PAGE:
Verse 5, commit your way to the Lord. Trust also in Him. Just trust Him, and He’ll deliver. He’ll do it. Verse 7, “Rest in the Lord, wait patiently for Him, and He will provide.” In fact, verse 9 says, “Evildoers will be cut off and those who wait for the Lord will inherit the land.” Verse 11 says, “The humble will inherit the land and will delight themselves in abundant prosperity.” In other words, the psalmist again understands the provision of God. If He is honored and trusted, He provides.

And then down to verse 25, we’ll skip a few of the others. “I have been young,” says David, “and now I’m old, yet I have not seen the righteous forsaken or His descendants begging bread.” God takes care of the righteous. Seek the kingdom, seek righteousness, and everything else comes from God.

Isaiah 33 is another Old Testament text on this. Verse 14 talks about sinners being terrified and trembling, and it talks about the consuming fire of God’s judgment and the continual burning of His judgment. And the question is asked: Who can survive this? Who can survive God’s judgment? Sinners in Zion are terrified. You know, God’s going to come, He’s going to bring a judgment, Isaiah was predicting the judgment, which ultimately was the Babylonian captivity, and they’re all wondering who is going to survive.

And verse 15, “He who walks righteously, speaks with sincerity, who rejects unjust gain, shakes his hand so that they hold no bribe, he who stops his ear from hearing about bloodshed, shuts his eyes from looking upon evil.” In other words, righteous people. “He will dwell on the heights.” You’ll escape. “His refuge will be the impregnable rock, his bread will be given him. His water will be sure.”

Now, there are many others, but you get the picture. This is an old principle. Same promise, God takes care of those who belong to Him and are faithful to Him. Seek the kingdom, His kingdom and all that that means, the whole of the rule of Christ, and let Him take care of everything else. And you know what? He will not supply in a meager way. You’ll inherit the land. You’ll have an abundance. God will give you more than enough in many cases because He knows you can be trusted to be a faithful steward of it, because you are rich toward God and you seek treasure in heaven, and that’s where you’ll invest what He gives you.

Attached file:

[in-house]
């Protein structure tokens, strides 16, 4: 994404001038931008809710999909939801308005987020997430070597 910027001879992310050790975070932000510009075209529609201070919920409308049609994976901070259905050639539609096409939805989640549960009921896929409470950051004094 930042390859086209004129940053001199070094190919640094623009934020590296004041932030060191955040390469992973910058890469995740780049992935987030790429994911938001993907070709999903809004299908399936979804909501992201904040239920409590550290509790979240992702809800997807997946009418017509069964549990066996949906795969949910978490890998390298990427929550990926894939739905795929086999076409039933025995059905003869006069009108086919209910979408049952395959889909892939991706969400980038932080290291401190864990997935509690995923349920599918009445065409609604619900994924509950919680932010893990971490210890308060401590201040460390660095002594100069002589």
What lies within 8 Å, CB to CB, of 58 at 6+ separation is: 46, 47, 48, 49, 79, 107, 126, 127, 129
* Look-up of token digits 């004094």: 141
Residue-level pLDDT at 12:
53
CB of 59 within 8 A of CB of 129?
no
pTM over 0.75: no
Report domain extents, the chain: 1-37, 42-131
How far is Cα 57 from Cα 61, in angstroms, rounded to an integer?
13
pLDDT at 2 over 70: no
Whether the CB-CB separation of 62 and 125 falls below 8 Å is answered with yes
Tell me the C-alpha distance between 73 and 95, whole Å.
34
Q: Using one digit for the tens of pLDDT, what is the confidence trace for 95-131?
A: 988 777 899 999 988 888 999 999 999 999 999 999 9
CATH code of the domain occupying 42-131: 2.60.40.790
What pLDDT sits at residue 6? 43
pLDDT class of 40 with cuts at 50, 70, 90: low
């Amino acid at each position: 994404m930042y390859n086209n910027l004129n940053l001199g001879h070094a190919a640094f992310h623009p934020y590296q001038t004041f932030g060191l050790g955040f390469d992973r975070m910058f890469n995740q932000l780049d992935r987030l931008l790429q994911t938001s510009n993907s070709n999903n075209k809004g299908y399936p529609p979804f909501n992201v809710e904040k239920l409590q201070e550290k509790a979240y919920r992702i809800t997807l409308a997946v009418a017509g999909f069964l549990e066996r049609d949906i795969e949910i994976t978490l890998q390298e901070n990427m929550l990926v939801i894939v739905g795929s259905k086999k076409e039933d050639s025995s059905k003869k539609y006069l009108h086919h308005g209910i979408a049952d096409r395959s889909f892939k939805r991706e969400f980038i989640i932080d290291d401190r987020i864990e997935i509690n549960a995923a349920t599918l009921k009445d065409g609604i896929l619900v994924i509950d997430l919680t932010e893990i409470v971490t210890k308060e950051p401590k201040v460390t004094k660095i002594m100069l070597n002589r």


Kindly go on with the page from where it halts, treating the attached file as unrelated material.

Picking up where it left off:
Don’t be a part of that association in verse 28, the little faith association. Don’t get involved in the sin of doubt, fear, worry. God’s priority, God’s provision, God’s privilege, God’s preference, God’s paternity as our Father, indicates that we do not need to worry. And as long as we passionately pursue the kingdom, He promises that He will sustain us to the very end of His plan. And I don’t know about you, but I don’t want to be here one day beyond that. That’s His promise.

There’s one more point. Worry is a failure to understand divine pleasure - pleasure. Verse 32, “Don’t be afraid, little flock, for your Father has chosen” - what’s the next word? - “gladly” - “gladly” in the NAS - “to give you the kingdom.” It’s not as if God is reluctant. This is His delight. What delights God? The same thing that delights a father, to provide for the children He loves.

Father, we do thank you that you are our Father, that you have given us life in order that we might accomplish a divine priority, and that you will, as you’ve promised, provide for us to live that life in its full. It is your privilege to end it when you desire and take us to that glory prepared for us. Father, we thank you that you prefer us over the rest of your creation, and if you beautify and care for flowers, how will you not care for us? We know you will.

We thank you for being our loving Father. We don’t want to belong to that little faith association. We want to trust you with everything. Set us free from worry and fear and anxiety because we trust you completely. And may we seek your kingdom and know that we’ll have all that we need and an abundance. Thank you for this rich, rich pledge of which we are not worthy but for which we are grateful.

Father, we thank you now for your truth. It’s so rich to us. Seal it to our hearts. We pray in Christ’s name.

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Unleashing God’s Truth, One Verse at a Time
Since 1969